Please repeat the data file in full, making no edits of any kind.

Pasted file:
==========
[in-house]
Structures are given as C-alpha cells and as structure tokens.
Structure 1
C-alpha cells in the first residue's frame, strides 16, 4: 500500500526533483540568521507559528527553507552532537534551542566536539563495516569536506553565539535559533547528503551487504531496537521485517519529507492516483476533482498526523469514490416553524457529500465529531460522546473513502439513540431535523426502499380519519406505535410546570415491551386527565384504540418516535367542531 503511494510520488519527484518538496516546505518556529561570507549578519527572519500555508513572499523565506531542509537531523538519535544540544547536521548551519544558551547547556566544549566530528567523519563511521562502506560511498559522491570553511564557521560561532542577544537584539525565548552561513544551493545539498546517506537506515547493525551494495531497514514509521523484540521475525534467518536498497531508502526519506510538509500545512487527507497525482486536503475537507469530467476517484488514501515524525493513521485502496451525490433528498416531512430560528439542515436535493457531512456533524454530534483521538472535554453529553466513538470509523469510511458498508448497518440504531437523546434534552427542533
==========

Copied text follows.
[in-house]
Structures are given as C-alpha cells and as structure tokens.
Structure 1
C-alpha cells in the first residue's frame, strides 16, 4: 500500500526533483540568521507559528527553507552532537534551542566536539563495516569536506553565539535559533547528503551487504531496537521485517519529507492516483476533482498526523469514490416553524457529500465529531460522546473513502439513540431535523426502499380519519406505535410546570415491551386527565384504540418516535367542531 503511494510520488519527484518538496516546505518556529561570507549578519527572519500555508513572499523565506531542509537531523538519535544540544547536521548551519544558551547547556566544549566530528567523519563511521562502506560511498559522491570553511564557521560561532542577544537584539525565548552561513544551493545539498546517506537506515547493525551494495531497514514509521523484540521475525534467518536498497531508502526519506510538509500545512487527507497525482486536503475537507469530467476517484488514501515524525493513521485502496451525490433528498416531512430560528439542515436535493457531512456533524454530534483521538472535554453529553466513538470509523469510511458498508448497518440504531437523546434534552427542533